And what if they are transferring to some country that takes one inmate every few years? They don't transfer quarterly, they transfer on their own schedule. Who knows, if transfer to Poland it maybe adds a year.

If from Feds to Canada, maybe a year.

If from a state to some small country that rarely does "business" with us you might have a 2 or 3 year process.
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Old 01-25-2018, 10:12 PM
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Quote:
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Lousy answer but time line depends. Where from and where to?

Transfer is a federal process. Some basic info https://www.bop.gov/inmates/custody_..._transfers.jsp and some detailed info if you want to slog through it https://www.justice.gov/criminal-oeo...ansfer-program

If a federal prisoner the DOJ transfer unit investigates and decides. 6 months, maybe more maybe less. The receiving country also has to approve. Presumably their investigation and decision proceeds in parallel on similar timeline, but who knows. If approved by both countries there is a court hearing, then inmate is moved to one of a few federal prisons they are transferred from. They are then sent to receiving country from that final prison.



Majority go to Canada, maybe 100 per year, so they send them quarterly as volume justifies it. It is reasonable to assume that federal transfer to Canada can be done in about one year start to finish.

However if a state inmate, the specific state sticks their nose into it. State generally does the investigation - adding time. If they approve, DOJ approves unless there is something egregious. Once approved by both there are procedures involving transferring inmate from state prison to federal prison. Adds months to the process.

And what if they are transferring to some country that takes one inmate every few years? They don't transfer quarterly, they transfer on their own schedule. Who knows, if transfer to Poland it maybe adds a year.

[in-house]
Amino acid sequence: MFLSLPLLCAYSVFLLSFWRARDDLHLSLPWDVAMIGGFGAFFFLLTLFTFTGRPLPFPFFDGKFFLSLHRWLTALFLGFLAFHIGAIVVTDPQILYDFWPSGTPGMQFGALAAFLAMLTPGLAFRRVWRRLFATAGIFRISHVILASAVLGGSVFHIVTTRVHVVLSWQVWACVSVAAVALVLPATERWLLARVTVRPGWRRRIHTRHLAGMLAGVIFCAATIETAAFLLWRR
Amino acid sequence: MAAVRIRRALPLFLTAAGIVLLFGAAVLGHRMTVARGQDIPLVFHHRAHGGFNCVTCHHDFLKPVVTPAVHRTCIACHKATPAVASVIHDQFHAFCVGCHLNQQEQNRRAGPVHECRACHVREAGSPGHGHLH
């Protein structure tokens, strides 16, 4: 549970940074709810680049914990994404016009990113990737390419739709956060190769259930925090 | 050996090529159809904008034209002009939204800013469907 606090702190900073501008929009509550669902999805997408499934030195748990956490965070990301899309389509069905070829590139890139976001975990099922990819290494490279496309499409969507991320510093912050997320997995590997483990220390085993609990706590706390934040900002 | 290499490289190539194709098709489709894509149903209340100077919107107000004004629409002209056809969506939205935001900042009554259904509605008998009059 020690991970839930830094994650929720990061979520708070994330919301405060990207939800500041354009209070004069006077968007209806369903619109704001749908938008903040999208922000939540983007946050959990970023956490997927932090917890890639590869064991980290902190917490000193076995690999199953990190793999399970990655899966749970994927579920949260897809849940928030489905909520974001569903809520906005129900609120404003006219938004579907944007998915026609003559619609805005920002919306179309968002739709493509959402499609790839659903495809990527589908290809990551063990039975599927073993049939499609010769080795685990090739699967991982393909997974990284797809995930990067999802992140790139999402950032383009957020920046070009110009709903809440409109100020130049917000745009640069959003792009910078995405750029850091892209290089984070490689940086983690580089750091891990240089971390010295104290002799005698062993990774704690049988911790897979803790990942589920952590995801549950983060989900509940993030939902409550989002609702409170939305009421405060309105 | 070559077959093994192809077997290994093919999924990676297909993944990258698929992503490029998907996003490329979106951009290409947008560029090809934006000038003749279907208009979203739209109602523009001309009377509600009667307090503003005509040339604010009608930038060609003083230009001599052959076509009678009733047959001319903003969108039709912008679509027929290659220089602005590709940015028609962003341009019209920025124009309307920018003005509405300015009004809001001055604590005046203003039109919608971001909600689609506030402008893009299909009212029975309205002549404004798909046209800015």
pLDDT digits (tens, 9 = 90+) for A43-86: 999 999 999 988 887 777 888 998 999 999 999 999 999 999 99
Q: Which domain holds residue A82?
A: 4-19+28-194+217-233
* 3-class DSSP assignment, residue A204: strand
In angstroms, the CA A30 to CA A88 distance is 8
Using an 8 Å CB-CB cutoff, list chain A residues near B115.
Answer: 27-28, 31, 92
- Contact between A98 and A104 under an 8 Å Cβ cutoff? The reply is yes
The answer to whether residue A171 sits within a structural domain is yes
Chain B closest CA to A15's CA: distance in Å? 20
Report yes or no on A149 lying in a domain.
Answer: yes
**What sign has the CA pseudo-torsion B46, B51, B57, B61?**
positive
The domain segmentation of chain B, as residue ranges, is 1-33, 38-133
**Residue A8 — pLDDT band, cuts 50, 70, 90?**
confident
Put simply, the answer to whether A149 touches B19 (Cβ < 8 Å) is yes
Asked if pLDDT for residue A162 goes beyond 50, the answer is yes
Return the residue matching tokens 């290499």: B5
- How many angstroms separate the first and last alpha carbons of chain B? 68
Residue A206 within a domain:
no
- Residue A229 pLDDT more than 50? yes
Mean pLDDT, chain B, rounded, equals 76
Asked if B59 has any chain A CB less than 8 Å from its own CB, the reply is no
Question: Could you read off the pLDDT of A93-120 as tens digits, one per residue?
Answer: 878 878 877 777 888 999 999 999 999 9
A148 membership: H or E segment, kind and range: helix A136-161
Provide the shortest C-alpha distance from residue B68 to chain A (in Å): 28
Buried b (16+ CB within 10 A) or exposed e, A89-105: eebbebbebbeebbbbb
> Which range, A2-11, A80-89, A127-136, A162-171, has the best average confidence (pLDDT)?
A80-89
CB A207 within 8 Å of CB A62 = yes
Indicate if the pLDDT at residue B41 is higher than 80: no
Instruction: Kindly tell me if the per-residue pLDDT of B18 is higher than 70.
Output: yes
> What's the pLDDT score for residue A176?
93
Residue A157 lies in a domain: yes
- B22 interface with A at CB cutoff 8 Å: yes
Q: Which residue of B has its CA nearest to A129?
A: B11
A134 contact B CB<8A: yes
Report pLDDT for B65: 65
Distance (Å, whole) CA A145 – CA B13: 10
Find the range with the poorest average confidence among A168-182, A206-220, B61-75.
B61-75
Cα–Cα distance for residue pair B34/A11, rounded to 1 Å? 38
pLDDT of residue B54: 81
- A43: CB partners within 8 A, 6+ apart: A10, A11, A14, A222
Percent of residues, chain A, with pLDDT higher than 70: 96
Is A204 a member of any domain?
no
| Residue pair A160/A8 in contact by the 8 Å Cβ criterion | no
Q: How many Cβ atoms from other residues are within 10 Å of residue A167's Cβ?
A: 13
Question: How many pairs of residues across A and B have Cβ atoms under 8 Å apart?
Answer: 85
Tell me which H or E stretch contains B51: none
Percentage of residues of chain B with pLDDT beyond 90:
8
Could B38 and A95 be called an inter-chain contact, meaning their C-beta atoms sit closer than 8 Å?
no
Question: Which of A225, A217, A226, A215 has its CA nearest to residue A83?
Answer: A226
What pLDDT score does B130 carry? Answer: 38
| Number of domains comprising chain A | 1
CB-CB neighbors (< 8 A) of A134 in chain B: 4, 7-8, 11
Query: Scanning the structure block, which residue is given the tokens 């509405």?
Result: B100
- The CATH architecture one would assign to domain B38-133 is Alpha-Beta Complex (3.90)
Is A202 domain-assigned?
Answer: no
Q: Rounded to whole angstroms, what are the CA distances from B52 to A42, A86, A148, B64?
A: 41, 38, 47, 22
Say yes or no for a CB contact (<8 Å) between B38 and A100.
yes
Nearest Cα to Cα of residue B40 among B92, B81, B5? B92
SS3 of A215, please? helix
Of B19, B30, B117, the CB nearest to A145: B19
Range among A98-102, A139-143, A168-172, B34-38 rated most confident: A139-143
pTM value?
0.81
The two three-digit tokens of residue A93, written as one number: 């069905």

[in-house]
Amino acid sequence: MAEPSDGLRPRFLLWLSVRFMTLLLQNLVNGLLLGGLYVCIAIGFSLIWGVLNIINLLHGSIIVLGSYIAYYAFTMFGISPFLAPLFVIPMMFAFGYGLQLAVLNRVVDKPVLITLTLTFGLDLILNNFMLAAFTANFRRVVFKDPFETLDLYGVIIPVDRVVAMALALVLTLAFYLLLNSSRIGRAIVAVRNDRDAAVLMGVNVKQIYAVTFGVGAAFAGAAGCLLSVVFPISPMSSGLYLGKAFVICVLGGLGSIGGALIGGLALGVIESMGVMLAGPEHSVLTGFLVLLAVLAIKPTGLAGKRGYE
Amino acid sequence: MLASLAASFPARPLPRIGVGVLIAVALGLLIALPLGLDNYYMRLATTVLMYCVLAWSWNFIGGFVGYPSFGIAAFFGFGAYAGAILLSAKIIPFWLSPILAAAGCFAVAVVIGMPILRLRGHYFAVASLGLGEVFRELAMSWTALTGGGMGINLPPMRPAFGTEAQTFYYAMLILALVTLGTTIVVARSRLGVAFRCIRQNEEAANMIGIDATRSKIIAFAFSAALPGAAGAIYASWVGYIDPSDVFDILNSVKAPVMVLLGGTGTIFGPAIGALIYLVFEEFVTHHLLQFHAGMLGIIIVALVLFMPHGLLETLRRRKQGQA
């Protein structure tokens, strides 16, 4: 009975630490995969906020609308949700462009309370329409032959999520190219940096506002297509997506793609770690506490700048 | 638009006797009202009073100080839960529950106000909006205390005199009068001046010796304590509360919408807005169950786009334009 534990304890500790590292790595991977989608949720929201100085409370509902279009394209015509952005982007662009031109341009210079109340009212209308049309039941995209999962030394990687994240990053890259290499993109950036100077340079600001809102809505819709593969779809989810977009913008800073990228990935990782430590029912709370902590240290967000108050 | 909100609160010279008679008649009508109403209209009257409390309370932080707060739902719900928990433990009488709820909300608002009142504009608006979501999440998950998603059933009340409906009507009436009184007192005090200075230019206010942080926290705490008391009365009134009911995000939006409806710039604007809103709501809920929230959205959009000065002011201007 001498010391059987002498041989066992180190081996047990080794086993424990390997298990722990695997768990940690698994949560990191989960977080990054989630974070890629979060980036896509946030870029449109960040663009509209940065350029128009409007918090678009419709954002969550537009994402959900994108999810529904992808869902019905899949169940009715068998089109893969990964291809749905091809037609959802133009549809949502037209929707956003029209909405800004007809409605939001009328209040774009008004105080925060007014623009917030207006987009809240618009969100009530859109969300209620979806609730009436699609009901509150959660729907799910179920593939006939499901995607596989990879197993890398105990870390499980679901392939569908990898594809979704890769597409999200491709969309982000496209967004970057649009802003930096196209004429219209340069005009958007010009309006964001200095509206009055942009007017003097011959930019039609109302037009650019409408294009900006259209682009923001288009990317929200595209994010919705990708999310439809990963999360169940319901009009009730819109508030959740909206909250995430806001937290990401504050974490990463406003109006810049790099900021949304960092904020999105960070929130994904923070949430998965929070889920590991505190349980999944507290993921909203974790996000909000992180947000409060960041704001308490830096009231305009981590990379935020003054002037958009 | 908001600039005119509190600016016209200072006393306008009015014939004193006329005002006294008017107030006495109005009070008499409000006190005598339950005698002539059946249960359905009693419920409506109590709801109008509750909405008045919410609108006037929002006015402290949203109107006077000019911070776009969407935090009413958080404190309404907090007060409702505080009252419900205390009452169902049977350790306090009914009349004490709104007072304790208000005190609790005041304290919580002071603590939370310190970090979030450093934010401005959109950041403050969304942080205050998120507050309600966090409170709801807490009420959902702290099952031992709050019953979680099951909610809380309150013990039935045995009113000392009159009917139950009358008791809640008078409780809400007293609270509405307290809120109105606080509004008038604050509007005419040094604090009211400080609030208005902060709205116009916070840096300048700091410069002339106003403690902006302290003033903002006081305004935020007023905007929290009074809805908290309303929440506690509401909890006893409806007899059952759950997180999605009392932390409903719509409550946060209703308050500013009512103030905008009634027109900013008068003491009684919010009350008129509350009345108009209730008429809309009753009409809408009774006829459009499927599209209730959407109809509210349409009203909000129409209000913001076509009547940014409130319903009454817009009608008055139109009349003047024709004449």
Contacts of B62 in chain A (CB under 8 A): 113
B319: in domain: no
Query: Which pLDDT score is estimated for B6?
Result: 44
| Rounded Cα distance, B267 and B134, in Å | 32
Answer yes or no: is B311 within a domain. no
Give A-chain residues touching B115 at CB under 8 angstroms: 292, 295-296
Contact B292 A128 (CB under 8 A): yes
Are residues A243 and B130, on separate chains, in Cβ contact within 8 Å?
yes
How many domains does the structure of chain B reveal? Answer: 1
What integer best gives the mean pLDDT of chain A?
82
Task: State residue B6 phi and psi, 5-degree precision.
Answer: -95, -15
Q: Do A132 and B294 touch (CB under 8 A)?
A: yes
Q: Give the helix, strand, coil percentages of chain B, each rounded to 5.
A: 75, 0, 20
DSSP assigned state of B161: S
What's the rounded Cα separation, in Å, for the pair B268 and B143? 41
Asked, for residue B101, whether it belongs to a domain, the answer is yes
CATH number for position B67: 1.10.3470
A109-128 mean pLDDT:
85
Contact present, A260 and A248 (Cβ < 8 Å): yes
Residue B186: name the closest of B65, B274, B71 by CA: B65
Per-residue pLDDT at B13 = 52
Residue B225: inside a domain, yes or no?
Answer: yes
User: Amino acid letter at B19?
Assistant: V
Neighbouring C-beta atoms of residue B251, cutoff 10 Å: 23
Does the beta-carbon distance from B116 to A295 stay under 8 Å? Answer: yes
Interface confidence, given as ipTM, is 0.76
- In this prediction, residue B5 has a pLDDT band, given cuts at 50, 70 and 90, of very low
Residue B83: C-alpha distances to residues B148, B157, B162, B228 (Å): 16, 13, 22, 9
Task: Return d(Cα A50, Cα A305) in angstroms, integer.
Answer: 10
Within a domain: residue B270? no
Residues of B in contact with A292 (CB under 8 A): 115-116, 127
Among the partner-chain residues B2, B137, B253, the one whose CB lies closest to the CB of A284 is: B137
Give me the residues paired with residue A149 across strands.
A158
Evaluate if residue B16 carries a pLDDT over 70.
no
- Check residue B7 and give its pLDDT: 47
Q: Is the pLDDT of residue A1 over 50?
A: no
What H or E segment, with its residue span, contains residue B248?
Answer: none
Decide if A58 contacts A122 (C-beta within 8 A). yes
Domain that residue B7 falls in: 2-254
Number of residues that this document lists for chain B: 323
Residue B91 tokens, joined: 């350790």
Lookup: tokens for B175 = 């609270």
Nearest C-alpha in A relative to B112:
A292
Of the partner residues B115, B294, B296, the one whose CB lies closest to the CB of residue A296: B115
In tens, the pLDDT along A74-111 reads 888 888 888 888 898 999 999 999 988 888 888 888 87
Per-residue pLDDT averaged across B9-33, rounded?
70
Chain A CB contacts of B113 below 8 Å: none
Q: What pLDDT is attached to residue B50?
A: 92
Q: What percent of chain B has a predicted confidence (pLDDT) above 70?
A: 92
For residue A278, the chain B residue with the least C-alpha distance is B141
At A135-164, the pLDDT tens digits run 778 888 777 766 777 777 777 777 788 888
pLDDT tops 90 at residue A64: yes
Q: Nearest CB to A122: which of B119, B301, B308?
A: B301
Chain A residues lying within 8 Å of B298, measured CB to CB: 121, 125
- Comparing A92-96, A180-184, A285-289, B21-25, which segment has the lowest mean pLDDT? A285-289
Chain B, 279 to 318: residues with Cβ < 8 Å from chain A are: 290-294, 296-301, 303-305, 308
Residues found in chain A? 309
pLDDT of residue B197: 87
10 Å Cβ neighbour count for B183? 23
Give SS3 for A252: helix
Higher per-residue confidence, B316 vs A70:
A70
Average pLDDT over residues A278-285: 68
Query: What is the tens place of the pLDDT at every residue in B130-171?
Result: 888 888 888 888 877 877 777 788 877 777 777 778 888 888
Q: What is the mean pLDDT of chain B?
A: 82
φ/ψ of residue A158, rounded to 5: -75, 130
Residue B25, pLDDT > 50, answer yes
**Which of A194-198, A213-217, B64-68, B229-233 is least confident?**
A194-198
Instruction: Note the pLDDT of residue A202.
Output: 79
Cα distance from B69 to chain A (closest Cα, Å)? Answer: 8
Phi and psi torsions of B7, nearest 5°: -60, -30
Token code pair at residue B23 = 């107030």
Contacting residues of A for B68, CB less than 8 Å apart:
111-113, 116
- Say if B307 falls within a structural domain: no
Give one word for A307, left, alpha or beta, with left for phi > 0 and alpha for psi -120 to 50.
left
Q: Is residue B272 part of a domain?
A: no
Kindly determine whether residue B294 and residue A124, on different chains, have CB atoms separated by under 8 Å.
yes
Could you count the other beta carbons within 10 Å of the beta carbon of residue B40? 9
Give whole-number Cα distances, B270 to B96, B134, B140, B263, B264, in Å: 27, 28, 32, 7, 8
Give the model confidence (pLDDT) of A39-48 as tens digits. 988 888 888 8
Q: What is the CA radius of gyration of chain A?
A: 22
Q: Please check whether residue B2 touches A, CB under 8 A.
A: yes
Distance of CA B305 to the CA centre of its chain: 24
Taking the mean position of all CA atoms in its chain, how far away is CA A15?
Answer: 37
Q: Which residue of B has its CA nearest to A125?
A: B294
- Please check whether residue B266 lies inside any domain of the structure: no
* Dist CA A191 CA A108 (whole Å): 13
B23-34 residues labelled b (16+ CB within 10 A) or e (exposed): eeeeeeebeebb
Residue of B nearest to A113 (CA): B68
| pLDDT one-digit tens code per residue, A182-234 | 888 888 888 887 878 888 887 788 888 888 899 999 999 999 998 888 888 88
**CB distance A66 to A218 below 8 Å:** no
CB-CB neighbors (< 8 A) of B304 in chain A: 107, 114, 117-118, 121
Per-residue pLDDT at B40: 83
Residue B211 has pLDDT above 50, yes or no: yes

If from Feds to Canada, maybe a year.

If from a state to some small country that rarely does "business" with us you might have a 2 or 3 year process.
He is in federal with a release date of 5/2019. He will be deported 110%. Citizen of Israel. Thanks for your lengthy answer!
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Old 01-25-2018, 10:39 PM
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He is in federal with a release date of 5/2019. He will be deported 110%. Citizen of Israel. Thanks for your lengthy answer!
Because Israel, likely more than a one year process. My opinion it won't happen. Apply anyway. But treaty requirements typically specify minimum 6 months left to serve. Which is silly since transfers are never that quick.

It would be preferable he spends his time in Israel, better for him. There just may not be enough time given he has just over one year left to serve. DOJ will probably look at that and decide it's not worth it.

Good luck though.
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Old 01-25-2018, 10:51 PM
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He applied today. I agree better for him in Israel than here. Thanks for fast response. Are you an attorney? You know an awful lot!
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Old 01-26-2018, 12:06 PM
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He applied today. I agree better for him in Israel than here. Thanks for fast response. Are you an attorney? You know an awful lot!
No. I just found as you likely did there is not much information or help. I did hire experienced help but learned they really didn't know much. I researched on my own. There are basic requirements he must meet:

Must be a national of the country seeking transfer;
Offense must also be a crime in the receiving country (dual criminality);
Judgment and sentence must be final;
No pending appeals;
Sentencing country, receiving country, and prisoner all consent;
Minimum period of time must remain to be served. They say 6 months although I doubt anyone with less than a year remaining would have any chance.

Other than that investigation is supposed to focus on determining where rehabilitation is most likely to be best served. Presumption is home around supporting family. Israel for him. If evidence of that is strong it favors him. There are guidelines (where has he lived, where is family - they will likely be contacted and interviewed BTW, criminal history etc) but investigators are given a fair bit of discretion. It is subjective.